Tuesday, 1 October 2019

Just One Thing?

I want to talk about how it feels when you're drawn to exploring different ways of expressing yourself through art, and when you cannot commit to just the one.

The months prior to my Summer hiatus had seen me moving from illustrative art to a colourful exploration of abstract art.  I have no idea even now what pulled me to go into the studio that first day and use the paint in this way, only that it was something I had to do.  I needed to feel what it was like to create energy and stories through shape and colour but I was also deeply aware that it was completely different to my illustrative work, the work that I was recognised for.

After my break, I began to slowly start working in my sketchbook, this time pulled back to the gentle art of watercolours, dip pen and ink.  I felt that I reached for these things almost intuitively.  I picked up what felt right, and started to draw and make small paintings which became the bare bones of my new collection.

Last week I was talking to a friend about it.  I asked her, "will people start saying things like 'what's she doing now?' because I can't settle with just one thing?  It feels as if I ought to have just one thing, but I haven't".

There are plenty of wonderful artists who commit to working in one medium, and a certain subject matter (like landscapes for example) for many years, and gain a reputation in that field.  People know what to expect, it's reliable and solid.

Is it detrimental to our progress to not have just one thing?  Is it necessary for our progress to focus on one genre, and hone our talents using one medium?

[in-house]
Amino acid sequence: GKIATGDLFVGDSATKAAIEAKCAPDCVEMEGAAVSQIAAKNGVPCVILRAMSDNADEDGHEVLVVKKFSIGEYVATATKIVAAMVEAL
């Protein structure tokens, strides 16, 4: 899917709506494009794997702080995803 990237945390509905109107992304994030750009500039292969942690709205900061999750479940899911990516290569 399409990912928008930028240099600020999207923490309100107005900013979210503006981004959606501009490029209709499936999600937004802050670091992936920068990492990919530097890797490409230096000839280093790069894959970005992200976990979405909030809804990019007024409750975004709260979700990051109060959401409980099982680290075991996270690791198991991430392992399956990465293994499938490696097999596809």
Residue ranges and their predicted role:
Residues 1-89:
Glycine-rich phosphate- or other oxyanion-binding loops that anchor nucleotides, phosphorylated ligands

I listened to a Podcast recently over on Let's Highlight Real with Meera Lee Patel.  She was talking about her own experience as an artist and writer, and touched on this subject.  She spoke about how she felt that one of the most important parts of the art for her is the story, whether that is told via a greetings card, a print or an essay, and how while she admired the artists who stick solely to one medium, and one way of creating, she often felt as if she didn't have a choice in the way her story was told.

This really resonates with me, some days I want to tell my story with watercolour and ink, other days I want to tell it through the vibrant and colourful medium of acrylics.  Other days, I'll turn to my blog and write.

So is this amateurish and confusing? Or does it instead show curiosity, ability and strength?

Meera said that it can be hard not to try and look like, or do things like other people.  But being an artist is about being true to yourself, and following your intuition.  I don't think I could choose just one type of paint and stick to it for the next 30 years, and I can't imagine not sharing through my writing either.  I also think that if you choose to work authentically, and commit to your own style, you are absolutely able to work with different mediums and genres to create a body of work that is 100% identifiable as yours, whether it's watercolour or linocut printing.

I'm currently working with watercolour and ink right now to create a beautiful new body of work which is inspired by the coast.  I felt compelled to work with words that are embroidered through the art (you can see more of this style over at Whistlefish here), using beautiful inks and a dip pen.

Do you prefer to see artists working with just 'one thing'?  Or, do you like seeing an artist sharing  their work through different styles and mediums?

Chat to me in the comments about your thoughts on this, I'd love to hear from you!


Before you go...


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  1. Dear Julia,
    I read this with interest as, like you, I like to vary my work and use different mediums to express myself, but do wonder whether presenting a single, clear identity in one medium would be better. But I simply couldn't do it! I shall listen to the podcast and love your new work in watercolour with the beautiful lettering. with best wishes, Deborah

  2. Dear Ms. Julia,
    I think, an artist should 'provoke' feelings and thoughts in the beholder and the way he/she expresses his/her art shouldn't matter.Of course , I am only a humble amateur art admirer.I loved your new work; I felt hopeful, optimistic and happy.
    Best wishes,